Forty-eight hours may not seem like enough time to shoot a movie, let alone write and edit it, but Wilson Central High School student Isabelle Leonard led her team to do just that for the 48 Hour Global Film Challenge.

“MAR-E 01” is a coming-of-age science fiction short film about a girl and her mother’s conflicting personalities — set against the backdrop of her friendship with a robotic sheep. The project won the U.S. finals and is currently competing internationally for a spot at the Cannes Film Festival.

“I think it’s really awesome that we made a film with story, subtext and symbolism that had a quirky look,” Leonard, who co-directed, produced and edited the project, said. “I don’t know how we did it in 48 hours, but it was so much fun, and I loved working with everyone.”

Leonard met most of her crew members while attending the Tennessee Governor’s School for the Arts at MTSU last year and brought in WCHS classmates Ellie Cagle and Lane Stanley to round out the team.

“We all share a passion for filmmaking, and we wanted to come together and take this on,” director of photography and associate producer Cason Smith said. “It’s been incredibly humbling and awe-inspiring, and it brings so much joy to my heart. I’m 18, and I’m pretty sure I’m the oldest person on my team. It shows that a group of teenagers can create something that goes toe-to-toe with film professionals if they put in the effort.”

Part of that effort involved being able to adapt. Organizers gave the team two genres to pick from, and they had to work one specific prop, line and character each into their script.

“We were given a choice between mystery and sci-fi, and for a lot of us that was difficult,” Stanley, who handled sound mixing and key grip, said. “We originally wanted to do something action-heavy, but our two directors felt like something more drama based.”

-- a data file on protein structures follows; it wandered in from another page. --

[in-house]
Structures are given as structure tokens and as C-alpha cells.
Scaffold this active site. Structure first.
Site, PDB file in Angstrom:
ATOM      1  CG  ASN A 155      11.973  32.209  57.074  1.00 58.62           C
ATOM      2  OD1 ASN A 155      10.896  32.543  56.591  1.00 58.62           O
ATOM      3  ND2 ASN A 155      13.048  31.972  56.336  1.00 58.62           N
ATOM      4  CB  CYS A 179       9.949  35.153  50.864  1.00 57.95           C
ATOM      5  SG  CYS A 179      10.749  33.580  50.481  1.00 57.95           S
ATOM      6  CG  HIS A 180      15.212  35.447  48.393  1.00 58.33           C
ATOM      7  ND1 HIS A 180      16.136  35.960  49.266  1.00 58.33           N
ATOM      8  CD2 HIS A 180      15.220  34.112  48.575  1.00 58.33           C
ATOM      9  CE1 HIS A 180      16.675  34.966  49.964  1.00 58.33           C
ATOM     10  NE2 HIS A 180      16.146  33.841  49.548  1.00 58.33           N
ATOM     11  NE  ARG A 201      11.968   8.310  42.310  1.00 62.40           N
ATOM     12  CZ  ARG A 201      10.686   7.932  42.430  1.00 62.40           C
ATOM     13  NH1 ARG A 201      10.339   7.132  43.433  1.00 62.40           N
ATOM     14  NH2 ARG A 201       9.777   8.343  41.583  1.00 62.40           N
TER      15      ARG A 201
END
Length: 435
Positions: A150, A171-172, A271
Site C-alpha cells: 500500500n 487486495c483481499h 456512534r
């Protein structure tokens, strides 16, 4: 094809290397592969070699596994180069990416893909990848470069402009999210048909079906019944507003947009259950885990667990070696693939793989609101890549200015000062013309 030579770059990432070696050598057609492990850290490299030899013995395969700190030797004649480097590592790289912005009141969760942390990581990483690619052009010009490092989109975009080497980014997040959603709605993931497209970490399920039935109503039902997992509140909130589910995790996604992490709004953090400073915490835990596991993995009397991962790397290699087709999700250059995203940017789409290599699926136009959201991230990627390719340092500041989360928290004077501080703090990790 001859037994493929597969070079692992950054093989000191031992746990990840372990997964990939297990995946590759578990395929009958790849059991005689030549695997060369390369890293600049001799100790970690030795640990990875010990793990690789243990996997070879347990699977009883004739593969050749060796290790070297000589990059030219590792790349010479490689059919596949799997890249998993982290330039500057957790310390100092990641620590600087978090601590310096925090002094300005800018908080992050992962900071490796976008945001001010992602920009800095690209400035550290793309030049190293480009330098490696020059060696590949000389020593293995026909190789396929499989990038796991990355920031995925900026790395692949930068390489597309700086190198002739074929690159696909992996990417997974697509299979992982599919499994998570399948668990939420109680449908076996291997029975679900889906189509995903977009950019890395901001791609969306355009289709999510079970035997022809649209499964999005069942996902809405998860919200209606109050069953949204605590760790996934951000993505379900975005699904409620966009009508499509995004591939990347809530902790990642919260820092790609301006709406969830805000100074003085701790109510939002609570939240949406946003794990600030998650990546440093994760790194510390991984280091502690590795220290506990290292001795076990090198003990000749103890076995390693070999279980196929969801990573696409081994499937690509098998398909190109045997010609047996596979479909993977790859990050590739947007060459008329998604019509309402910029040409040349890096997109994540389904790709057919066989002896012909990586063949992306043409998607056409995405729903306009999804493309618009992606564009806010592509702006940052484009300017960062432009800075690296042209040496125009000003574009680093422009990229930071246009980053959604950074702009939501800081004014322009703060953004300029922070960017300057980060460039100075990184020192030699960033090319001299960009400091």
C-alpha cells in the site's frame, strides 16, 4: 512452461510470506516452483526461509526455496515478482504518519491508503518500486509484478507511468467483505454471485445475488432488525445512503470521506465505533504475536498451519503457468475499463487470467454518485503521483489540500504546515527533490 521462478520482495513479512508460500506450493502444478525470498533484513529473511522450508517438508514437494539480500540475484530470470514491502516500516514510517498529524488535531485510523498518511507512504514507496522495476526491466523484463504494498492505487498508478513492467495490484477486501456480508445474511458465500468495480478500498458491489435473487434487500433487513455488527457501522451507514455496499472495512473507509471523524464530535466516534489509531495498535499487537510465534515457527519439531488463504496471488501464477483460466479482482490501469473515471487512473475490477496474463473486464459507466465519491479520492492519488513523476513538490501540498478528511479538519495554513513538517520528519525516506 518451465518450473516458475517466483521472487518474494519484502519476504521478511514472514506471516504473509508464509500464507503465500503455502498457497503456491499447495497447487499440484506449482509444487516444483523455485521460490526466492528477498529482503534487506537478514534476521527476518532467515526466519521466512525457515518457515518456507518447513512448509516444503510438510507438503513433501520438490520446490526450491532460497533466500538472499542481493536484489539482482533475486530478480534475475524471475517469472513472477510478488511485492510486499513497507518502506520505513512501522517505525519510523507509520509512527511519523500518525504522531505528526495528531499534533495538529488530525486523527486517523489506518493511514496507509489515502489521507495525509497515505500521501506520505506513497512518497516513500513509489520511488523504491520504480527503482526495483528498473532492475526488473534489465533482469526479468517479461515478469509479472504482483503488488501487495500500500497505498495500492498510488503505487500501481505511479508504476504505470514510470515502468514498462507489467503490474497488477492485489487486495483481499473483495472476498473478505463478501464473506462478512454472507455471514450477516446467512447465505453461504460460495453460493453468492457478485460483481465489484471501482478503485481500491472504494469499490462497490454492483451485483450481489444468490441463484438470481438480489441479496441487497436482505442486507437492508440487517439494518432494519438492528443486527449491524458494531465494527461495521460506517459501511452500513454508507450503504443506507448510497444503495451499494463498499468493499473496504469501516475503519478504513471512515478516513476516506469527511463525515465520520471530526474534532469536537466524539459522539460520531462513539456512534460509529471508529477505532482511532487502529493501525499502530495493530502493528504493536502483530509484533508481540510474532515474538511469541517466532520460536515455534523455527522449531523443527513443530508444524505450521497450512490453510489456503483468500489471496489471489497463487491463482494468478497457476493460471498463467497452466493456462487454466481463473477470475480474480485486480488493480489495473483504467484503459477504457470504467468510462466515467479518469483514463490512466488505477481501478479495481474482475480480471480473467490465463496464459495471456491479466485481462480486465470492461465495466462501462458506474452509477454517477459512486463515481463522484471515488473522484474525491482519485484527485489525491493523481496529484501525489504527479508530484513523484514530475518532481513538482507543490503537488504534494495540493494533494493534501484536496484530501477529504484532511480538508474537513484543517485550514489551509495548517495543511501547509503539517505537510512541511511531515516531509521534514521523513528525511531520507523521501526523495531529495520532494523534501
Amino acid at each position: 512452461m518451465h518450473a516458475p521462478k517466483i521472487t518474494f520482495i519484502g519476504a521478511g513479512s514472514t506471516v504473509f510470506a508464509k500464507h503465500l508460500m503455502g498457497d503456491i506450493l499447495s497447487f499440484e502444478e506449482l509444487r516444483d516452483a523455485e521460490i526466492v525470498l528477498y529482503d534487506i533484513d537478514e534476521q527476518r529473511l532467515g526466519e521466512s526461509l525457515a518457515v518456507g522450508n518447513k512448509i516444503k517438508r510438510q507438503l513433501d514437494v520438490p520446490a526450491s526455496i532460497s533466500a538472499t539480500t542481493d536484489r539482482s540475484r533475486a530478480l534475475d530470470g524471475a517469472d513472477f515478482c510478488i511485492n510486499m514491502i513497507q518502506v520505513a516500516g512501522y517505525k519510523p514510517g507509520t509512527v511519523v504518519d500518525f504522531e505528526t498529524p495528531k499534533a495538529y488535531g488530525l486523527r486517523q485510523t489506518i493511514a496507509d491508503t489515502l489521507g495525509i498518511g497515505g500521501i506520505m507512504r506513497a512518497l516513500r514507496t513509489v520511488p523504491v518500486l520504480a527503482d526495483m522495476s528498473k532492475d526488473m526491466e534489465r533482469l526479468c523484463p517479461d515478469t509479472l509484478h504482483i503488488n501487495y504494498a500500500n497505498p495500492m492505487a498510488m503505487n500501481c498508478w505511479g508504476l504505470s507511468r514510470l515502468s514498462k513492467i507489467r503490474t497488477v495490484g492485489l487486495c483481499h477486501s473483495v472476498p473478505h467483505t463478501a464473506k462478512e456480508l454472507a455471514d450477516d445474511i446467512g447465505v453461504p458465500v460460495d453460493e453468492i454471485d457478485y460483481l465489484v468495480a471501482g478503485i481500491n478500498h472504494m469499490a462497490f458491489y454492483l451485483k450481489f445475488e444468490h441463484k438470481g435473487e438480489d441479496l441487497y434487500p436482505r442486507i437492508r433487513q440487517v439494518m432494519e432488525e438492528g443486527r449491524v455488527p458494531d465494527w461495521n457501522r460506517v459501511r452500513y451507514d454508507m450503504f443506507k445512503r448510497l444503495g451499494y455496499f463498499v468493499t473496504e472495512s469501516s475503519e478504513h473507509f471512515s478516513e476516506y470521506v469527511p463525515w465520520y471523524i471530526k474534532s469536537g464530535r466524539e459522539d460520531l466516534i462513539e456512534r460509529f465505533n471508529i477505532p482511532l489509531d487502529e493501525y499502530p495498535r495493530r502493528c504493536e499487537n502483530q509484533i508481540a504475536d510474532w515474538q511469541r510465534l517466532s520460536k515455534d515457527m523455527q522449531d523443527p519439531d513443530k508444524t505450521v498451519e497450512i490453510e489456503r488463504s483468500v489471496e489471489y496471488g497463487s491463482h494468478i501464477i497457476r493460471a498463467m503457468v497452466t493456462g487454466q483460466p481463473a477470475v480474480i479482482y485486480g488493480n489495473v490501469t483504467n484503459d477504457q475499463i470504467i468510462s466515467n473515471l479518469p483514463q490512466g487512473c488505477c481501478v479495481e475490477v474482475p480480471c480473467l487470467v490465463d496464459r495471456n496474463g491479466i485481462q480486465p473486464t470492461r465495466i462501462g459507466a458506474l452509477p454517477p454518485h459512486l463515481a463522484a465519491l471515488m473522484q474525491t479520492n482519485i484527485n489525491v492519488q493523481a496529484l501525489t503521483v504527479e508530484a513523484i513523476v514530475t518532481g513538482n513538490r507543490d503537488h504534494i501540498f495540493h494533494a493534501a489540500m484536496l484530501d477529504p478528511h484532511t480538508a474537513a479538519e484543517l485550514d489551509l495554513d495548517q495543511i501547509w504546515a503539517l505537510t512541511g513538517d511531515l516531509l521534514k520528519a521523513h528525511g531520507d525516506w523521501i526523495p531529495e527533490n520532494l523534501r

After a rapid-fire pitching session, the team came up with the unlikely idea to pair a girl and a robotic sheep.

“I live on a farm, and we knew we wanted to film in that setting for a unique production quality,” she said. “As high schoolers we had access to a lot of teen actors, and one of our sheep, Mary, a family had her as a pet before we got her. She likes being with people more than the other sheep, so I knew it would be easier to work with her.”

Some of the team had concerns about bringing an animal on board for a two-day project, but Mary proved a capable actor.

“We were sitting there like, ‘what are you doing?’ ” Smith recalled. “One of the biggest rules in filmmaking is that you don’t work with children and don’t work with animals, because it’s a death sentence for a production. But it was Izzy’s sheep so she knew how to work with it, and the tone and everything all just clicked eventually.”

The crew had to figure out ways to coax Mary with treats without viewers being able to notice, and one shot featuring a group of sheep involved some covert herding.

“There’s one part where the sheep have to chase the main character,” Stanley said. “They wouldn’t do that normally, so I was actually chasing the sheep just outside the shot. We had to do so many takes.”

The team also brought on WCHS theater instructor Katharine Boettcher to play Tanya Baddington, whose conversations with her daughter Birdie — played by LeAnne Marsh — make up the film’s emotional core.